a.) BACKGROUND: Asthma is the most common chronic illness of childhood, with over 6 million children in the United States living the disease as of 2013. An estimated 12.8 million school days/year are missed in the United States due to asthma related illness, making it the leading cause of school absenteeism. Well established evidence-based clinical practice guidelines, exist to guide practitioners in the treatment of asthma. Despite this, many children remain in poor control of their disease and require frequent urgent care and emergency department visits, resulting in an estimated cost of nearly five times that of traditional outpatient care. Conditions of the home environment, while long known to be contributory to the disease status of the pediatric patient, remain difficult for practitioners to accurately assess. Practitioners must get creative with utilizing and disseminating effective strategies to mitigate the negative effects of pediatric asthma on a child and family’s life. Systematic reviews have demonstrated that home environment focused interventions are effective in improving symptoms and economical in relieving the cost burden of poorly controlled asthma in children.
b.) DESCRIPTION OF PROGRAM: This capstone project is proposed to identify, revise, and refine a tool that can be utilized by families of children with asthma to mitigate trigger exposure in the home and childcare environment. The tool is intended for self-assessment to help families identify areas and characteristics of their home environment where triggers are likely effecting the child. The tool will focus on high yield interventions supported by recent evidence to be most effective, while also considering cost to the family. This tool will be used in a specialty care Pilot Asthma Program. Qualitative follow-up will be pursued to establish both patient- and provider-perceived efficacy if project time permits.
c.) PROJECT DESIGN: This project is modeled to follow the tenets of the Knowledge to Action (KTA) Framework for change implementation. Knowledge inquiry and synthesis, central tenets of the KTA Framework, will occur as part of a literature appraisal and through engagement with interdisciplinary stakeholders who have demonstrated experience with home environment assessment and modification. Stakeholders include the State Chapter of the American Lung Association and the Asthma and Allergy Foundation of American. Findings will be tailored to produce a tool that suits the Agency’s goals of evidence-based, high yield interventions that are realistic and cost-effective. The KTA Framework dictates that the user adapt knowledge to a local context, thus the final phase of this project will involve the monitoring and qualitative evaluation of the tool through interviews and solicited feedback with both the patient/families and providers working in the Pilot Asthma Clinic. The methods for implementation will follow the Plan-Do-Check-Act (PDCA) cycle the preferred method for Quality Improvement actions within the Agency.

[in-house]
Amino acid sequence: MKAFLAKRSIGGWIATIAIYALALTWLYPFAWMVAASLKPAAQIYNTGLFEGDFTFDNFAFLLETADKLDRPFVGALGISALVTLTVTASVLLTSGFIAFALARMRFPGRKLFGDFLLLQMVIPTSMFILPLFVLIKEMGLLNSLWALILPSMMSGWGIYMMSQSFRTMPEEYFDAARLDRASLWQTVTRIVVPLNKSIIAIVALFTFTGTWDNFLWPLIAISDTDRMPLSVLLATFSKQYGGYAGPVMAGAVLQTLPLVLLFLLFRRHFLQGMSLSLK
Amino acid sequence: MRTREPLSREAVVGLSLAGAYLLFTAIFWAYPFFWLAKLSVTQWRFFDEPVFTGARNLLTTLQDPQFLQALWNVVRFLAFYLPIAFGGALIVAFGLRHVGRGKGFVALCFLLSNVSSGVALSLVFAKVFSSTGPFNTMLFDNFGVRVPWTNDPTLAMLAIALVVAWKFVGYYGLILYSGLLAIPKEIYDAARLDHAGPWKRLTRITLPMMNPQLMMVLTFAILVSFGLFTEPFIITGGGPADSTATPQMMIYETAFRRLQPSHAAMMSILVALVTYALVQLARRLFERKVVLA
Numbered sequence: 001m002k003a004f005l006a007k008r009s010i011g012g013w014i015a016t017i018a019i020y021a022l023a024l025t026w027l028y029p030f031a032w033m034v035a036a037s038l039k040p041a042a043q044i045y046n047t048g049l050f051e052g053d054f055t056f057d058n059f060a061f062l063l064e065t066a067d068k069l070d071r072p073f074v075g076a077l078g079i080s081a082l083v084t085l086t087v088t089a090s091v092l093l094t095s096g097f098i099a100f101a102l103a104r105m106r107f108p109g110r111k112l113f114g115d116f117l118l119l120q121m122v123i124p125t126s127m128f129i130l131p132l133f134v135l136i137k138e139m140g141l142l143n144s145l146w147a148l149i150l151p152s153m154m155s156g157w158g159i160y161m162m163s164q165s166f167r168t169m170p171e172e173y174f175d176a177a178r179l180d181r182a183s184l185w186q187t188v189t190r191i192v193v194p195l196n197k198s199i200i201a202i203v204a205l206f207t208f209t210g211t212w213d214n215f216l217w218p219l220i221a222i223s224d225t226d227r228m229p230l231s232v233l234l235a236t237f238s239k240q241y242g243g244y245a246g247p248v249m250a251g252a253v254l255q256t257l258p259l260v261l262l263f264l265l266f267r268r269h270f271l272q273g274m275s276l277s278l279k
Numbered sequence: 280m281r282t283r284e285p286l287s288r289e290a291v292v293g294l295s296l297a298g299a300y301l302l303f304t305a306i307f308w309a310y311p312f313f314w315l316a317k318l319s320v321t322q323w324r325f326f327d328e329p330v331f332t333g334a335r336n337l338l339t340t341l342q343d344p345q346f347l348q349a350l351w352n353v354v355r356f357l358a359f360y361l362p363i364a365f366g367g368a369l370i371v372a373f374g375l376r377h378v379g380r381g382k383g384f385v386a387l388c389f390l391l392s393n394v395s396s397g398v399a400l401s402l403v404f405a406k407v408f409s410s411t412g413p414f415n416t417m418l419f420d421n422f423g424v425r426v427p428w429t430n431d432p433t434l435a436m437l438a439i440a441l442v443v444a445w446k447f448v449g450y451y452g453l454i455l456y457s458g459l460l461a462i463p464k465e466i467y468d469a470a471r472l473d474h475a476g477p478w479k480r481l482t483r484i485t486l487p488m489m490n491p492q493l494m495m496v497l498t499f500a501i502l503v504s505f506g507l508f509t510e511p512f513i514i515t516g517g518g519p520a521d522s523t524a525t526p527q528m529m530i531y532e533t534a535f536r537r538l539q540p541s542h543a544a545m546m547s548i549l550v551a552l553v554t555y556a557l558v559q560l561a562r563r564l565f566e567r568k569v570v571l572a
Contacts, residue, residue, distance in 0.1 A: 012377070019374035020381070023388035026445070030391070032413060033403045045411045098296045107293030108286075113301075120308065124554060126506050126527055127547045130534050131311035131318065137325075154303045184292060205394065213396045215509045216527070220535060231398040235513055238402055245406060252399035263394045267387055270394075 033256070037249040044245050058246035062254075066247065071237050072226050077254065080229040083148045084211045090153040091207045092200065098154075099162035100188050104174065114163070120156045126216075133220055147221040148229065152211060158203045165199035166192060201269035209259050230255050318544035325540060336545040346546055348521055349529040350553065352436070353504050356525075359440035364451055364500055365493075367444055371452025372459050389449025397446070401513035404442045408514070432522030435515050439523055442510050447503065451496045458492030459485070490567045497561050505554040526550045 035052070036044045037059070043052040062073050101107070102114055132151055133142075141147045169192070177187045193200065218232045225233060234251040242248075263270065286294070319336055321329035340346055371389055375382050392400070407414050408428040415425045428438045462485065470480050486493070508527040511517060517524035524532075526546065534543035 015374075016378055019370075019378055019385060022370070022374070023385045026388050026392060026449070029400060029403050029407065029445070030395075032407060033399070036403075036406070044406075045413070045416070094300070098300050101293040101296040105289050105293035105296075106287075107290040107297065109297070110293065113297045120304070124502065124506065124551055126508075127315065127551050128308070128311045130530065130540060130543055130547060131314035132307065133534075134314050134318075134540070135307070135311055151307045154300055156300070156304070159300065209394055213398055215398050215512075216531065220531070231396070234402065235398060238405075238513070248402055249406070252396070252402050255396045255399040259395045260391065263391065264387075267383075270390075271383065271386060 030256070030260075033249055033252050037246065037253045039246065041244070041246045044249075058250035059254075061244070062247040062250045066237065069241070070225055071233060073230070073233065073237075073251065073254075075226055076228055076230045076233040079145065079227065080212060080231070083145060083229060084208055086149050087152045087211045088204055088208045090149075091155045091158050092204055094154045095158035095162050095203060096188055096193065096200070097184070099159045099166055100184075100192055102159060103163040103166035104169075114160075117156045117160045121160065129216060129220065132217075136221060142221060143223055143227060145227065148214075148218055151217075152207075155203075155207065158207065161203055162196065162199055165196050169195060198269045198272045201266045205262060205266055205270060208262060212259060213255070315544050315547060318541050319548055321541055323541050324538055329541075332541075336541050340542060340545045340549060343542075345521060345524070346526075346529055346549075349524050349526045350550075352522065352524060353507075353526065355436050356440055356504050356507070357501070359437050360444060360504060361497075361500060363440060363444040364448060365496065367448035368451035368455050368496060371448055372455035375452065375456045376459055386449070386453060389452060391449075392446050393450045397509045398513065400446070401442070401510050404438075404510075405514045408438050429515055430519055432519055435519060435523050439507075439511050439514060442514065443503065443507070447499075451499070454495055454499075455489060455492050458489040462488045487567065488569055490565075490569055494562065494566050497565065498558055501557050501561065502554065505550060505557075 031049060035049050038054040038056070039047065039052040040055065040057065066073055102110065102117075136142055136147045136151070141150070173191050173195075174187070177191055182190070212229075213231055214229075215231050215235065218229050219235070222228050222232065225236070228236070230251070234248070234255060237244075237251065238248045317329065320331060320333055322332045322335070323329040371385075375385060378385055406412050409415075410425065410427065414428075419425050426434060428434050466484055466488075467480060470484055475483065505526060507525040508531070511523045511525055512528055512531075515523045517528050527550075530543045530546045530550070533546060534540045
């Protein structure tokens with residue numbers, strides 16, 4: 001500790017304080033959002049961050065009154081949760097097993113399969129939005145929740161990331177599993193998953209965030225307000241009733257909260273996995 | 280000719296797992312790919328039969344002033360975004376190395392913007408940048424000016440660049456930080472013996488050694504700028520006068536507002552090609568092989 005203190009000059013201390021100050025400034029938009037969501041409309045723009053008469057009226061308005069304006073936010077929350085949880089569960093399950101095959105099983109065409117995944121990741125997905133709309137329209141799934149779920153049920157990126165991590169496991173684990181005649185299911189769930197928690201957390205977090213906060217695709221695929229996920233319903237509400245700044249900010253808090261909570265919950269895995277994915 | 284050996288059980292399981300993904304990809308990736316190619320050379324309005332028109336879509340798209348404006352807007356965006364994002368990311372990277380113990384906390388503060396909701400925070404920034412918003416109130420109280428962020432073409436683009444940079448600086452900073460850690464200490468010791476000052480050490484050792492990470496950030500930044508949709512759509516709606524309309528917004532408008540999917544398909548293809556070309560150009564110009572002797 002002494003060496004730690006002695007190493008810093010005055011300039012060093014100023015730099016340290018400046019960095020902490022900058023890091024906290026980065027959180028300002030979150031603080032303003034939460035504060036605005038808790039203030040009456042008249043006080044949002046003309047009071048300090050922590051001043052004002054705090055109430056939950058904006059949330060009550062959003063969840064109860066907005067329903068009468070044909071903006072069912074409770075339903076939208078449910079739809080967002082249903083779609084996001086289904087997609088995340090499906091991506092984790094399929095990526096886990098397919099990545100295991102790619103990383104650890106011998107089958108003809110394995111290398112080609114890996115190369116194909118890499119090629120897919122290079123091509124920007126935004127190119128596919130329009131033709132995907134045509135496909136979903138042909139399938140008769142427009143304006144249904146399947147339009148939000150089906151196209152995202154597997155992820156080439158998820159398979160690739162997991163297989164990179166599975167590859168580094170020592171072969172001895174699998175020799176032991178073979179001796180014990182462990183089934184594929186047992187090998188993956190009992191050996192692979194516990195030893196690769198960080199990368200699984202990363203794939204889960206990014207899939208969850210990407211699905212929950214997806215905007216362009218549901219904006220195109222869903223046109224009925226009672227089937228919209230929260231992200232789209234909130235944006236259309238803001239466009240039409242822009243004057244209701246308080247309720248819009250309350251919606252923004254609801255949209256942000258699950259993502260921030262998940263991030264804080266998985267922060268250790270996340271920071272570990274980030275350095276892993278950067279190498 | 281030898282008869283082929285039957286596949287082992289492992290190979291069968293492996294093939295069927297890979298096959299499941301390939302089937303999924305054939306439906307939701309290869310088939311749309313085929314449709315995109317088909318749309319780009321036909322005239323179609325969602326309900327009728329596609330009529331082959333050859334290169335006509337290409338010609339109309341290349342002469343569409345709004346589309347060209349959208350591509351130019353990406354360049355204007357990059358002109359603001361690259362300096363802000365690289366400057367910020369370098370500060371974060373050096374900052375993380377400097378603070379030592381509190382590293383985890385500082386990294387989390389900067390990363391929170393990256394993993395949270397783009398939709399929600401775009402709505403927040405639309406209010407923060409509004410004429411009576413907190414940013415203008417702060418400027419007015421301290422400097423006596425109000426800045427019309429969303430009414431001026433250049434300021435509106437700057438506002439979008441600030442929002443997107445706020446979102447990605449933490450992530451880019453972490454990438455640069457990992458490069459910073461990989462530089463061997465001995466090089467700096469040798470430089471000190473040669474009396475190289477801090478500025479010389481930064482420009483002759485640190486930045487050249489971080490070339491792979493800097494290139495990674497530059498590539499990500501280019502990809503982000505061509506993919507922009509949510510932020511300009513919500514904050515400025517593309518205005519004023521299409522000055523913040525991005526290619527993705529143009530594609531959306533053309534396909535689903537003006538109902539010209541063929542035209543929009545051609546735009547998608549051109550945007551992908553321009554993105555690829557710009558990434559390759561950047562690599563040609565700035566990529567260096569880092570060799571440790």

d.) OUTCOMES: 1. Focused evidence appraisal demonstrating evidence-based efficacy of home environment assessment 2. Asthma home environment assessment tool 3. Qualitative findings 4. Implications for future activities related to Home Environment
When do I learn if I am invited? Invitations will be sent out by February 6, 2017. Applicants who are wait-listed will be notified as space becomes available. If your abstract is accepted for poster or oral presentation, an additional notice will be sent which will require your response, agreeing to present your work in the assigned format. If invited, you will also submit a photograph to be included in the meeting program.
For further information or questions about the meeting or application process, please contact Janice Antonio at firstname.lastname@example.org.
Applications are due Thursday, January 9th, 12 o’clock noon Pacific Standard Time.